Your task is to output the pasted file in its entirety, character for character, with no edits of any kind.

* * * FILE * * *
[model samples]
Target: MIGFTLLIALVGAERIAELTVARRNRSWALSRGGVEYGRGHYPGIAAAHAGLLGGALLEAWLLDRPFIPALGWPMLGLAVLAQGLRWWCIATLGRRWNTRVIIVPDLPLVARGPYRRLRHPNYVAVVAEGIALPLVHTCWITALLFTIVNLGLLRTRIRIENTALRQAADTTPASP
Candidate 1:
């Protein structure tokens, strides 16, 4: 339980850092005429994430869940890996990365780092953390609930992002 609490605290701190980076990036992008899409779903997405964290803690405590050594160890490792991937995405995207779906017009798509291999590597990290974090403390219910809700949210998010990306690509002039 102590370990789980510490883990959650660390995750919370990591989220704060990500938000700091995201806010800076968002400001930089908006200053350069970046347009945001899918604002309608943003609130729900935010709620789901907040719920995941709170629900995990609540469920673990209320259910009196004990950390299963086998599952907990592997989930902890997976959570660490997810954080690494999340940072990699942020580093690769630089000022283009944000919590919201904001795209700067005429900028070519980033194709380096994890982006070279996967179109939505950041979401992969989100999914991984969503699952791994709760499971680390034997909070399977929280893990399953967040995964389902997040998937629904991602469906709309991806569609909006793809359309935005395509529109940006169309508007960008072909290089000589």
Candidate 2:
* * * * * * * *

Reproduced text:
[model samples]
Target: MIGFTLLIALVGAERIAELTVARRNRSWALSRGGVEYGRGHYPGIAAAHAGLLGGALLEAWLLDRPFIPALGWPMLGLAVLAQGLRWWCIATLGRRWNTRVIIVPDLPLVARGPYRRLRHPNYVAVVAEGIALPLVHTCWITALLFTIVNLGLLRTRIRIENTALRQAADTTPASP
Candidate 1:
């Protein structure tokens, strides 16, 4: 339980850092005429994430869940890996990365780092953390609930992002 609490605290701190980076990036992008899409779903997405964290803690405590050594160890490792991937995405995207779906017009798509291999590597990290974090403390219910809700949210998010990306690509002039 102590370990789980510490883990959650660390995750919370990591989220704060990500938000700091995201806010800076968002400001930089908006200053350069970046347009945001899918604002309608943003609130729900935010709620789901907040719920995941709170629900995990609540469920673990209320259910009196004990950390299963086998599952907990592997989930902890997976959570660490997810954080690494999340940072990699942020580093690769630089000022283009944000919590919201904001795209700067005429900028070519980033194709380096994890982006070279996967179109939505950041979401992969989100999914991984969503699952791994709760499971680390034997909070399977929280893990399953967040995964389902997040998937629904991602469906709309991806569609909006793809359309935005395509529109940006169309508007960008072909290089000589």
Candidate 2: